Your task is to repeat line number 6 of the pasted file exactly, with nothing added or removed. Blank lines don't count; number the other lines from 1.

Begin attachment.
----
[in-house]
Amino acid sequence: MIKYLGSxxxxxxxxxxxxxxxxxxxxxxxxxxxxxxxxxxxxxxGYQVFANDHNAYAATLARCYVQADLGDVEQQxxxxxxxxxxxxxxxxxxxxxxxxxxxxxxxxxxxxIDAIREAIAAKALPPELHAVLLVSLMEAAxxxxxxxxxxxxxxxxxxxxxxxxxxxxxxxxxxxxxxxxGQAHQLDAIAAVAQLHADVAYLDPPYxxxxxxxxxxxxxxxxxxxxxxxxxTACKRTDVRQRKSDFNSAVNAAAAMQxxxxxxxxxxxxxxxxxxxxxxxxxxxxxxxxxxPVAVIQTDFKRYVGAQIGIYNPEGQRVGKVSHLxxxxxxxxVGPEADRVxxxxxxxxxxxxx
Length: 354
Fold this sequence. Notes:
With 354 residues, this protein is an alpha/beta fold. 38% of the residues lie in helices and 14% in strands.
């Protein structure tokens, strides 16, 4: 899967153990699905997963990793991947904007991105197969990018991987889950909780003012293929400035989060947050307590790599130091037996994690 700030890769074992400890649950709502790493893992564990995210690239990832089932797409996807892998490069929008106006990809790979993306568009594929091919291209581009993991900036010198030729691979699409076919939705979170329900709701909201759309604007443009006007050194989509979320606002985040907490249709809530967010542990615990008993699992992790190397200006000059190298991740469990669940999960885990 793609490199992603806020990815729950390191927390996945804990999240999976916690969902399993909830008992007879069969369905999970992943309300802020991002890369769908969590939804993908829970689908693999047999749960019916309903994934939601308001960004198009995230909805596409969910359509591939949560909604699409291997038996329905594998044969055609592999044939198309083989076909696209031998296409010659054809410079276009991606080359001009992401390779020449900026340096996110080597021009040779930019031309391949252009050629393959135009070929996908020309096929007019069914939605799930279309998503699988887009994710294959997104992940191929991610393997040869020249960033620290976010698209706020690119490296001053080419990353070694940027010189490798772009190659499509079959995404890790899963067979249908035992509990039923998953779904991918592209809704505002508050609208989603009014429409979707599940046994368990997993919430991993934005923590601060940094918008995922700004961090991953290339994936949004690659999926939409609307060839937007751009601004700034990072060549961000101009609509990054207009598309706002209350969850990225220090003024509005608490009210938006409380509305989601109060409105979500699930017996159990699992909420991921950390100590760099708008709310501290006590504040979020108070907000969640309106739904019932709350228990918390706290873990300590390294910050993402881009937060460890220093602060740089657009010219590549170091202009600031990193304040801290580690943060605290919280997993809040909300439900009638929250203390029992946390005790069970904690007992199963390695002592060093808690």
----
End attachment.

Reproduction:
């Protein structure tokens, strides 16, 4: 899967153990699905997963990793991947904007991105197969990018991987889950909780003012293929400035989060947050307590790599130091037996994690 700030890769074992400890649950709502790493893992564990995210690239990832089932797409996807892998490069929008106006990809790979993306568009594929091919291209581009993991900036010198030729691979699409076919939705979170329900709701909201759309604007443009006007050194989509979320606002985040907490249709809530967010542990615990008993699992992790190397200006000059190298991740469990669940999960885990 793609490199992603806020990815729950390191927390996945804990999240999976916690969902399993909830008992007879069969369905999970992943309300802020991002890369769908969590939804993908829970689908693999047999749960019916309903994934939601308001960004198009995230909805596409969910359509591939949560909604699409291997038996329905594998044969055609592999044939198309083989076909696209031998296409010659054809410079276009991606080359001009992401390779020449900026340096996110080597021009040779930019031309391949252009050629393959135009070929996908020309096929007019069914939605799930279309998503699988887009994710294959997104992940191929991610393997040869020249960033620290976010698209706020690119490296001053080419990353070694940027010189490798772009190659499509079959995404890790899963067979249908035992509990039923998953779904991918592209809704505002508050609208989603009014429409979707599940046994368990997993919430991993934005923590601060940094918008995922700004961090991953290339994936949004690659999926939409609307060839937007751009601004700034990072060549961000101009609509990054207009598309706002209350969850990225220090003024509005608490009210938006409380509305989601109060409105979500699930017996159990699992909420991921950390100590760099708008709310501290006590504040979020108070907000969640309106739904019932709350228990918390706290873990300590390294910050993402881009937060460890220093602060740089657009010219590549170091202009600031990193304040801290580690943060605290919280997993809040909300439900009638929250203390029992946390005790069970904690007992199963390695002592060093808690």